The writing is excellent. Point of view shifts were clearly defined. It held my attention allowing me to, on occasion, laugh and, shortly thereafter, have my eyes fill with tears.

I liked how even when things are at their worst, something good could be found. What I was disappointed about was the gaps in between time periods; the lack of transition was a minor distraction to me. But I would like to know what happened in between.

With this being a true story I did enjoy how the author respected the persons in the book - through the good and the bad.

Well done.

6 comments:

  1. Sounds a fascinating book. I'm just about to begin another historical children's novel, love writing them, and yes, my subject was medieval history. Now moving into the 14th century for the next book.

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    1. Thanks Carole for stopping by. I would definitely recommend Seasons and it is only 2.99 on kindle. Do you find as you write in your historical genres that some readers base their opinions off of present day instead of the actual time period?

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  2. I read them from the point of view of the time, as best as I'm able to grasp it. Do remember that the Little House books were someone's real life story, though the television show bore little resemblance to the books I admit.

    I once had someone say they couldn't review my first novel because of the religious theme. Well it was set in 14th century Europe. Everyone was Catholic. Not having at least a few religious characters would have been anachronistic. It was rather kind I suppose to not review it rather than bashing it on those grounds. But it was annoying. Oh well. Not everyone knows history or religion, let alone the history of religion and the religion in history. At any rate, you are not alone, K.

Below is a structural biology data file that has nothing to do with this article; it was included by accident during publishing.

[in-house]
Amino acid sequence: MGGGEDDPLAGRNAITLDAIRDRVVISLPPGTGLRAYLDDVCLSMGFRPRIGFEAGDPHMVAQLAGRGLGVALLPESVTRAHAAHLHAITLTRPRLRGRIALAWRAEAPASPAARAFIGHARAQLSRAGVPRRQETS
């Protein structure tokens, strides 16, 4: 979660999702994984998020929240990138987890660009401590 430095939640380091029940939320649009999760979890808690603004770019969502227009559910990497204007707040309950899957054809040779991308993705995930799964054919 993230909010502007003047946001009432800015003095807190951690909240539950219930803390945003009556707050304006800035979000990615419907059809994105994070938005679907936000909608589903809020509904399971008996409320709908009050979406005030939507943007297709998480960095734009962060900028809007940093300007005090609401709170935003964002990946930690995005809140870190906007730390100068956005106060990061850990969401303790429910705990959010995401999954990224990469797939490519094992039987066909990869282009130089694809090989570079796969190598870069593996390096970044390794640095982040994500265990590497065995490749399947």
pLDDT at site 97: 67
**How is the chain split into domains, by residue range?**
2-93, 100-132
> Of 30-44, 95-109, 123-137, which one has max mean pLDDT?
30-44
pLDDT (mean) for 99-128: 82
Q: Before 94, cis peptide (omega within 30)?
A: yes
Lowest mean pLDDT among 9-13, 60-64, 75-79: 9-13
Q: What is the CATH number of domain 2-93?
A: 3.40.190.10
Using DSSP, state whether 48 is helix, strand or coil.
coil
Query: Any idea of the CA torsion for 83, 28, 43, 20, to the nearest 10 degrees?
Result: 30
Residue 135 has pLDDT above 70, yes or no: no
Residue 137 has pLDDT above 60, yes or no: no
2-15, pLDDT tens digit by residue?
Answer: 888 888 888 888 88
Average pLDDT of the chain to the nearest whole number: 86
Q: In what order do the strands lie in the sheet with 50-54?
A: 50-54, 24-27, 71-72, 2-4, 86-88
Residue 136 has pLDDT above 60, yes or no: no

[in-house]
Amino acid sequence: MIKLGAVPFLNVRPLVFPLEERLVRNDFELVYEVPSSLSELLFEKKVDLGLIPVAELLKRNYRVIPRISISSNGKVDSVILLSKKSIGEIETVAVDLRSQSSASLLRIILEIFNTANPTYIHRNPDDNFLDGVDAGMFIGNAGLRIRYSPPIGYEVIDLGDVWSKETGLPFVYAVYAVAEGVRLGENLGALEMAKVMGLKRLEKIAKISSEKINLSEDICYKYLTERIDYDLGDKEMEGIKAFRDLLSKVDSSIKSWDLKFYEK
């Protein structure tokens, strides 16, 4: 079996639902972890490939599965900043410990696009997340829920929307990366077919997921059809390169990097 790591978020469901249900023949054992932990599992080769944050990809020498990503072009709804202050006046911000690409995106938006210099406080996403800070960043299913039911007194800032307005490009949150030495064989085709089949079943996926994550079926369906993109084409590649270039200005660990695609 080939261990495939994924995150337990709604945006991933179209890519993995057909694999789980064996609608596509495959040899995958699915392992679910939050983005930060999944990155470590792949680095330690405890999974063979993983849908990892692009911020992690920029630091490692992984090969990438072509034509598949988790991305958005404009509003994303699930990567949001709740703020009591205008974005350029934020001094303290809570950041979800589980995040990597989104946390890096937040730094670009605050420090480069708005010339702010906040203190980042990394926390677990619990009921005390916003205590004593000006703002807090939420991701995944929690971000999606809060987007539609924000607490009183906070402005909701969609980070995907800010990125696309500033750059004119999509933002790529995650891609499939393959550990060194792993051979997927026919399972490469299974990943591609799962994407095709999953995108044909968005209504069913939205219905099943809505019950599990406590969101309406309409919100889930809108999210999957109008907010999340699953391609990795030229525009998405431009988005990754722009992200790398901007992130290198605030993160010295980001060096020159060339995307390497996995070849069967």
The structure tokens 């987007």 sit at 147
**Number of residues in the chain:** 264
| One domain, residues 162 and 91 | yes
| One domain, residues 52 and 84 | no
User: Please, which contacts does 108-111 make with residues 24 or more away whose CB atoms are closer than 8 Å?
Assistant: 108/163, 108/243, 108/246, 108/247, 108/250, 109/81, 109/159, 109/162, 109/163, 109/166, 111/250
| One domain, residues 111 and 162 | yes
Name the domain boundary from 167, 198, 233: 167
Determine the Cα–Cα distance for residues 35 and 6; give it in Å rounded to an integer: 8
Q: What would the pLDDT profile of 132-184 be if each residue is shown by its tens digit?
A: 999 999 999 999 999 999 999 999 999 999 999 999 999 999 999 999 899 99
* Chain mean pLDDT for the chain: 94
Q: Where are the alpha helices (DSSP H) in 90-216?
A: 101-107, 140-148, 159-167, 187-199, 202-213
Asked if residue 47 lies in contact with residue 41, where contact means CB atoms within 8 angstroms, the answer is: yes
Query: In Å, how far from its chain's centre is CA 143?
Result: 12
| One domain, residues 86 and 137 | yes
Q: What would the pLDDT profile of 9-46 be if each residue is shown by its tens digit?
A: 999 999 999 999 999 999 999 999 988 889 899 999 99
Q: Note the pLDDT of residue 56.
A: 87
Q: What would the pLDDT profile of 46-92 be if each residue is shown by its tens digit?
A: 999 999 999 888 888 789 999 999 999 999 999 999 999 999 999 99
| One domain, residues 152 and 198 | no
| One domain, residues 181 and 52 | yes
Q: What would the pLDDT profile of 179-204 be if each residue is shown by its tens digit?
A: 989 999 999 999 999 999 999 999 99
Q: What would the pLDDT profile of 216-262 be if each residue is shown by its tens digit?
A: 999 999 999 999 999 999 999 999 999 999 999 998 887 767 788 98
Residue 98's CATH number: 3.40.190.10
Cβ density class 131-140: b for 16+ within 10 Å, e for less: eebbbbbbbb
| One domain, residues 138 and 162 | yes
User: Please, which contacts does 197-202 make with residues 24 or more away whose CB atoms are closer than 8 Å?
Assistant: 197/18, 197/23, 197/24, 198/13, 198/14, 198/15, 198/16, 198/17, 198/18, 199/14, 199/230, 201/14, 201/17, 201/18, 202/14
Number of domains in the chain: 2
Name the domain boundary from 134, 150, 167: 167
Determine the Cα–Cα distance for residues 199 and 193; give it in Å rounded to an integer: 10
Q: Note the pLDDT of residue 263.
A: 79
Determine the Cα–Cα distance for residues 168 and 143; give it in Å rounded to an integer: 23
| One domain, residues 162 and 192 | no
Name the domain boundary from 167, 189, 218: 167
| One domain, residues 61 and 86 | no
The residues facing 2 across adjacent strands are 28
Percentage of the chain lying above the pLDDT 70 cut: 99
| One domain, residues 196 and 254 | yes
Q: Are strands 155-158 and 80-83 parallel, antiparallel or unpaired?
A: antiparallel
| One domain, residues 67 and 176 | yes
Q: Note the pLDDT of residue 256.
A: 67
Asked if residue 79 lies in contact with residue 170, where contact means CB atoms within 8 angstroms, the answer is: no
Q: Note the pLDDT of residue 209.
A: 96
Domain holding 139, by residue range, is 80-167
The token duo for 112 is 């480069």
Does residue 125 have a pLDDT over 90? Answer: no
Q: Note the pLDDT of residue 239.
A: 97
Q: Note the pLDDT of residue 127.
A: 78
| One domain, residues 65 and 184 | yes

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    1. Thanks Kate - Television shows and movies hardly ever represent the true thing as they are after the ratings and all american bottom line.

      I can empathize with you about the religious themes. You are right, 14th century- that was the way of life. I am not an expert and I am sure to make mistakes but I don't downgrade a book on my opinion but on the facts of the book. Quality, good writing, grammatical, dialogue, point of view shifts, etc.

      In fact, I just reviewed a book by Paula Martin, Dream of Paris, where I didn't agree with how one of her characters were but it was because of my own personal perspective. I still gave her book a 5 star because she did a great job putting it all together.

      You hang in there too Kate and thanks for stopping by and commenting. I sure do appreciate it!

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  3. Aloha, K-Trina. Good post! Some reviews can be puzzling, for sure. As a reader, I open up a book hoping to learn something and rely on the characters to walk me though. A well-written story can wrap up nicely so a reader new to the author's work will come away feeling that the story was resolved in a satisfactory way. In historicals, for instance, I've read hundreds of books enough to know that I shouldn't expect characters to take daily baths, although in ancient Roman civilization, bathing was a daily event. A lot depends on the reader, too, how much they read, if they've ever traveled to some of the countries they're reading about or been exposed to the book's theme or genre in other aspects of their lives. Readers new to a genre might not understand why things were done, or said, a certain way. But some authors are great at conveying, through their characters thoughts, actions, background, why this was so. By the same token, some readers are simply going to dismiss themes and characters they don't agree with, and that can be as disappointing for the author, too.

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  4. Thank you for stopping by and sharing your thoughts with us Lalani! You have made some very good points. :)